Is there enough demand for your product or service? This is something you'll want to investigate in more detail as you develop your business plan. At this point though, what's important is to do some preliminary research. Searches on Google, Hoovers or Bizminer will help you study a particular industry, and you can often drill down your research to a particular state or city. Your search at Google is of course, free, but you'll often find for a small investment at sites such as Hoovers or Bizminer, you'll get meaningful data for your market vertical, which you can start analyzing right away. It's also not a bad idea to survey buyers on their purchase behaviors and perceptions towards your product or service. Arranging a questionnaire or focus group can give you some useful insight into how potential buyers react to your product or service. If it's reasonable, consider giving away product or service trials and then follow_up to evaluate user expectations and experiences. If you don't have demand for your product or service, it really doesn't matter how great it is anyways, right?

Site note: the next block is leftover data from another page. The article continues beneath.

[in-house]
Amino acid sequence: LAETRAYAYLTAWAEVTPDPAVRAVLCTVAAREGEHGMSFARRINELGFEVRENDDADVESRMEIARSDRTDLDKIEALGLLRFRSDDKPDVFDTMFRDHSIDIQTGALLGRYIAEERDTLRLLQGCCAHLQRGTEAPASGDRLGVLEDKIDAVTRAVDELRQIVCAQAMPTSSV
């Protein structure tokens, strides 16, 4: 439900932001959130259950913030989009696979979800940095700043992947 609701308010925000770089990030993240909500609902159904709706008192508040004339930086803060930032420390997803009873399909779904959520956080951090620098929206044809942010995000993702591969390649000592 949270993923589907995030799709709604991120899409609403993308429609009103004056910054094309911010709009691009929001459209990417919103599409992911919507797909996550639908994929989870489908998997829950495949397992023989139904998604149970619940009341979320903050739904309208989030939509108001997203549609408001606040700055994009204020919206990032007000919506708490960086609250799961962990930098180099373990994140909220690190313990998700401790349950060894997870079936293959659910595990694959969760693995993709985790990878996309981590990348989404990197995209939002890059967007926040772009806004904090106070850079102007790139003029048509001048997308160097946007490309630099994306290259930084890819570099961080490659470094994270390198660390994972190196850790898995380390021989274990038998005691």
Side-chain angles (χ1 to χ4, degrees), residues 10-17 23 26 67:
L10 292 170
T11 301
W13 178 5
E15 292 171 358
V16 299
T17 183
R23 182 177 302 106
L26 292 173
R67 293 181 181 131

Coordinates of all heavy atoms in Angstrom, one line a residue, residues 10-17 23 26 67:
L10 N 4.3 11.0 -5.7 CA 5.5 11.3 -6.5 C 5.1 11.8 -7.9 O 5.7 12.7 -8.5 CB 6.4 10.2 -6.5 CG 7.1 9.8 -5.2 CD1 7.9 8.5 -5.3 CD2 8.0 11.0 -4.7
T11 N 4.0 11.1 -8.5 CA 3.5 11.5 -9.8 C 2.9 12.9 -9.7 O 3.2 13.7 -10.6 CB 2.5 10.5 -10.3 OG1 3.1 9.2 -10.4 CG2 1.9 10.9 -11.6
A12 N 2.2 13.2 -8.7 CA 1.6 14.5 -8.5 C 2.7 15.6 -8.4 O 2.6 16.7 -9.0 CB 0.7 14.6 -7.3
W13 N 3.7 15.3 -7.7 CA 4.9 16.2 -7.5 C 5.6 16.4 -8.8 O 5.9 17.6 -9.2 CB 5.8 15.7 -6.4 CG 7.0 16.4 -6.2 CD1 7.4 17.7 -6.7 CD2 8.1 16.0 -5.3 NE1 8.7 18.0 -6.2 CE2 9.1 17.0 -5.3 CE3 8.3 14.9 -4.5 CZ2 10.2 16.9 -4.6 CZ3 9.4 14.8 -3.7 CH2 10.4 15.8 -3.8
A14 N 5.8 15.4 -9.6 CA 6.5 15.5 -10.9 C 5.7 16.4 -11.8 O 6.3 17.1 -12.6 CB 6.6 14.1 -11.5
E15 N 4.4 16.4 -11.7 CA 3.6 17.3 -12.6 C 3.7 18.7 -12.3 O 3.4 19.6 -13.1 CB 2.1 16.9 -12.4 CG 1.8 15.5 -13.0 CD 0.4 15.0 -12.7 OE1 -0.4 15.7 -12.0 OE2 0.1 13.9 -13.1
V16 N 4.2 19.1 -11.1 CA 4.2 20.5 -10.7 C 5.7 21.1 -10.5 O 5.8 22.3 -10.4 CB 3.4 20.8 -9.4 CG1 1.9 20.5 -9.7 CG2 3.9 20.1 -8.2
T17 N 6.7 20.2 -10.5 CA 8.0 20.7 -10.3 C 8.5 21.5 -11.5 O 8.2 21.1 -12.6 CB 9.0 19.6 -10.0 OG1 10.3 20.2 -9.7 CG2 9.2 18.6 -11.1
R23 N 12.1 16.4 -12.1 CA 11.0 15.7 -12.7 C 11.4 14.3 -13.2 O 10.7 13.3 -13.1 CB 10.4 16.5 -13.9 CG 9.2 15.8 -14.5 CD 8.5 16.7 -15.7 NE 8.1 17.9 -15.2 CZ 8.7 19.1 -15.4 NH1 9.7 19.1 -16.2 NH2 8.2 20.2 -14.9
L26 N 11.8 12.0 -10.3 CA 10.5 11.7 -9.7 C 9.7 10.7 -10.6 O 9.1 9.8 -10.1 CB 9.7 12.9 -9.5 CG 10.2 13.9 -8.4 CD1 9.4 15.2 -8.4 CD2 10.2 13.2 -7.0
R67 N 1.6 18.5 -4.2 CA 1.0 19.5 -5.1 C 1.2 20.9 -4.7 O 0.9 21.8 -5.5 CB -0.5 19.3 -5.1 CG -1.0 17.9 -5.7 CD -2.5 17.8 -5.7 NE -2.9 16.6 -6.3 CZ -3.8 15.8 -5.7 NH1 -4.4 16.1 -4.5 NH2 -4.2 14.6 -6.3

Create A Capital Plan: Next, I would develop a capital plan identifying dollars to be spent on the business to increase its overall value. While all capital dollars may not entirely be discretionary _ i.e., investing dollars for anticipated return from growth _ it is necessary to determine how capital dollars will be allocated whether for discretionary purposes or general maintenance. Projects that require capital are critical for the company growth and must be managed to their desired return, avoiding shortfalls in ROI or issues involving "capital creep". If you haven't already, setting up a capital committee to review expenditures in advance of the start of the project provides some assurance that the projects have been vetted against return on investment. Lastly, developing a post_audit process enables the team to review and monitor the progress of ongoing investments.